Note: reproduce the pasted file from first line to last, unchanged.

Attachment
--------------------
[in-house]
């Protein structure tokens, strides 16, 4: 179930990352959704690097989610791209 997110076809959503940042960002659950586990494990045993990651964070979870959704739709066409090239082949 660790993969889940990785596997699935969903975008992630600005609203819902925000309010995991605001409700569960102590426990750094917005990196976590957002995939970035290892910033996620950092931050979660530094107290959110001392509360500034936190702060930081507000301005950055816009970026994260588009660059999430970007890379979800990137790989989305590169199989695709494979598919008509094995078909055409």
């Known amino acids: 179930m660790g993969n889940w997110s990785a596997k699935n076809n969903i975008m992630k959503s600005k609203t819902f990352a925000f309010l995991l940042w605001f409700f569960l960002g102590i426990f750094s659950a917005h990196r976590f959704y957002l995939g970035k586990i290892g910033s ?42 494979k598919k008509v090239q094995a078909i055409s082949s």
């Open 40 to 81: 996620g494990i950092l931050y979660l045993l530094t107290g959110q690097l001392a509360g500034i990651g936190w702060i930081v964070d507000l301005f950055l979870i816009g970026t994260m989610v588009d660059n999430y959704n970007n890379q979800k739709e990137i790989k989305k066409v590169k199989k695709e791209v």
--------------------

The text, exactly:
[in-house]
């Protein structure tokens, strides 16, 4: 179930990352959704690097989610791209 997110076809959503940042960002659950586990494990045993990651964070979870959704739709066409090239082949 660790993969889940990785596997699935969903975008992630600005609203819902925000309010995991605001409700569960102590426990750094917005990196976590957002995939970035290892910033996620950092931050979660530094107290959110001392509360500034936190702060930081507000301005950055816009970026994260588009660059999430970007890379979800990137790989989305590169199989695709494979598919008509094995078909055409």
């Known amino acids: 179930m660790g993969n889940w997110s990785a596997k699935n076809n969903i975008m992630k959503s600005k609203t819902f990352a925000f309010l995991l940042w605001f409700f569960l960002g102590i426990f750094s659950a917005h990196r976590f959704y957002l995939g970035k586990i290892g910033s ?42 494979k598919k008509v090239q094995a078909i055409s082949s």
């Open 40 to 81: 996620g494990i950092l931050y979660l045993l530094t107290g959110q690097l001392a509360g500034i990651g936190w702060i930081v964070d507000l301005f950055l979870i816009g970026t994260m989610v588009d660059n999430y959704n970007n890379q979800k739709e990137i790989k989305k066409v590169k199989k695709e791209v």